meEarlier this year, Michael Gove surprised people by quoting the Italian Marxist Antonio Gramsci in a speech (the second time he did so), but political theory readers may recognize that the conservatives’ strategy owes more to someone else. Gramsci’s student: the German communist. activist Rudi Dutschke. He coined the term “the long march through the institutions“To describe the strategy of gaining a dominant position in each of the main institutions of society, in Gramcian terms, to gain hegemony.
The Conservatives began their long march in the 1980s by breaking down Britain’s socialist institutions: trade unions were chained, public companies were privatized, and municipal housing was sold. The results were clear: some people became very rich, poverty increased, and inequality widened. No subsequent government reversed these changes, but rather reinforced them. As Tony Blair said about Thatcher: “I always thought that my job was to take advantage of some of the things that she had done instead of reversing them.” Today, a generation of young people is less likely to own their own home and earn less than their parents’ generation, while paying exorbitant rents to parasitic homeowners.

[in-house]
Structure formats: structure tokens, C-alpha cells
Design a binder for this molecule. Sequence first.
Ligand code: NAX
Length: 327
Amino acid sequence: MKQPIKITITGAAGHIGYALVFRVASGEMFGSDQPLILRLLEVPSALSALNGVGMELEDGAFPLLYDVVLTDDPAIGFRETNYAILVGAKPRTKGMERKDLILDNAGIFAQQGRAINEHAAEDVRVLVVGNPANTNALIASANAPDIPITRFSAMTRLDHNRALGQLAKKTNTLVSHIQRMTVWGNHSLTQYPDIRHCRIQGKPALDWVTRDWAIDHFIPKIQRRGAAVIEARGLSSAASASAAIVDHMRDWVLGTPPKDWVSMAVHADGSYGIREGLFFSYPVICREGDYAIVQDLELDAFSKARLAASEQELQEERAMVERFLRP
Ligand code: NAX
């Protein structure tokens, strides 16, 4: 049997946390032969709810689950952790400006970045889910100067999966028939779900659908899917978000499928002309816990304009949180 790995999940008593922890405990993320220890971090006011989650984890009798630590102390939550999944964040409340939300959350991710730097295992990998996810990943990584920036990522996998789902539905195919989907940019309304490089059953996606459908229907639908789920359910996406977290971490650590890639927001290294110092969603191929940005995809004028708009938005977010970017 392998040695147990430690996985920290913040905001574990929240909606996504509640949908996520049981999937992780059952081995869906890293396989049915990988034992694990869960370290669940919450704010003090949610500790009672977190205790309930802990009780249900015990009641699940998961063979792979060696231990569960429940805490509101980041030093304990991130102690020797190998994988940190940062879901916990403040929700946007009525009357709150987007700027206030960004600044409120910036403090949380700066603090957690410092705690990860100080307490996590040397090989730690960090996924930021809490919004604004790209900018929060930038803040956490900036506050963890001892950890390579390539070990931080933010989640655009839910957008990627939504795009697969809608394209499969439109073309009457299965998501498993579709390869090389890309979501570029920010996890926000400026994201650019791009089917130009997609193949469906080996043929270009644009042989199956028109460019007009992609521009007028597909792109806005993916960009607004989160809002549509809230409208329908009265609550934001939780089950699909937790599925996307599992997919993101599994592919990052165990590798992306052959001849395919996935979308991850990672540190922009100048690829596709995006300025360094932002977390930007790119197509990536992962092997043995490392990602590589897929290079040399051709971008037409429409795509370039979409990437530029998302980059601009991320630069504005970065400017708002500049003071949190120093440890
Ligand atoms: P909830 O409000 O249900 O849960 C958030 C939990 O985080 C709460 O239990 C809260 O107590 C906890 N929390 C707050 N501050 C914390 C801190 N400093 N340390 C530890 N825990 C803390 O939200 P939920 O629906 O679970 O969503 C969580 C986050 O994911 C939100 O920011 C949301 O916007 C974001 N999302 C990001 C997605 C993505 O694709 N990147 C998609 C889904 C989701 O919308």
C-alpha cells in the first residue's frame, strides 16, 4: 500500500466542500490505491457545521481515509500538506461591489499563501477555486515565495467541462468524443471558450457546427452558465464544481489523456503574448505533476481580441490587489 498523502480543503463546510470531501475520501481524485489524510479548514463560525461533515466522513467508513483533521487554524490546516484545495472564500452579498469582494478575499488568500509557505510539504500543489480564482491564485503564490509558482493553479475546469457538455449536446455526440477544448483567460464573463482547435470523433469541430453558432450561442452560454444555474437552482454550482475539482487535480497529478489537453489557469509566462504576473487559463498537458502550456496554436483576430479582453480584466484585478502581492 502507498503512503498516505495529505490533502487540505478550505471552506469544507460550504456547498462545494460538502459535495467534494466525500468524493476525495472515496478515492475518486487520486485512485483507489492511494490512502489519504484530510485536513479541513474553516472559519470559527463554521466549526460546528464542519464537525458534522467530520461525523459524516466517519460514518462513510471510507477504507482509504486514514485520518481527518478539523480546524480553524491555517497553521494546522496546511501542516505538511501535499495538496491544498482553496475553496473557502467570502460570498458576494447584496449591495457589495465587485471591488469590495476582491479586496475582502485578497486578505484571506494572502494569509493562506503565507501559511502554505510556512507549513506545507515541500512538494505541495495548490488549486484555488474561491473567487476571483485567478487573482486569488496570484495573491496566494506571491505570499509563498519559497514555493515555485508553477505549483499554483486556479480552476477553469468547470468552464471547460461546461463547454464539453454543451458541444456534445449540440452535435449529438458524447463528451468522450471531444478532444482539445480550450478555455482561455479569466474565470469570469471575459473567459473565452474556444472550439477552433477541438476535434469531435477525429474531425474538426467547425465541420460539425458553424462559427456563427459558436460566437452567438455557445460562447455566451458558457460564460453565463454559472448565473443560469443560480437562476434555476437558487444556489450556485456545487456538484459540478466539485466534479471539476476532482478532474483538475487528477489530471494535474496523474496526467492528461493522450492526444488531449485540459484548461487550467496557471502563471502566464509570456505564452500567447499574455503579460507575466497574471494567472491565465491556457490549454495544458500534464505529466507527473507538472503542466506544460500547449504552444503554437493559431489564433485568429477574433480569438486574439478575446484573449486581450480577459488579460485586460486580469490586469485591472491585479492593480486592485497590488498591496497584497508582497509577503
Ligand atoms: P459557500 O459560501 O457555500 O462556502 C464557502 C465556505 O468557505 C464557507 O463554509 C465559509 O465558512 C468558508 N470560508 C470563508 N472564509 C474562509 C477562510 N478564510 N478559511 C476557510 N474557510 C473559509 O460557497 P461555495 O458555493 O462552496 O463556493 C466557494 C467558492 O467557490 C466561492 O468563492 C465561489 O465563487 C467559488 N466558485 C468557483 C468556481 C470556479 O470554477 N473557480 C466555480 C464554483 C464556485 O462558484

Having attacked the institutions of collectivism in the 1980s, conservatives continue their long march, extending it through the institutions that attempt to level the playing field and regulate government. They come for Britain’s liberal institutions: the BBC, the Election Commission, the Equality and Human Rights Commission (EHRC), the Freedom of Information Act and those pesky “activist lawyers”.
The recent appointments of David Goodhart and Jessica Butcher as commissioners of the EHRC are just one example of this. The commission lost 70% of its funding during George Osborne’s austerity years, but now it is also being emptied philosophically. Goodhart has been recorded as praising the racist “hostile environment” policies that led to the Windrush scandal, while Butcher has suggested that women facing discrimination should “go ‘well come on, I’ll show you'” rather than “cry to someone about how they might have been discriminated against on the basis of gender. ”Someone like the EHRC presumably?
After EHRC report from last week Finding that the Interior Ministry “ignored warnings” about its “hostile environment,” the department must now work with the public body to change its culture and practices. Perhaps that is why conservatives are so willing to pack it up with those least vigilant about discrimination.
For 15 years, the Freedom of Information Act has been of great importance in increasing government transparency and scrutiny. Interestingly, Blair continues to defend the Iraq war, but regrets the act of partially opening the government’s “confidentiality”. Michael Gove clearly shares your skepticism, as under his command the Cabinet Office has established a unit that is actively delaying or blocking the disclosure of information legally required under the law.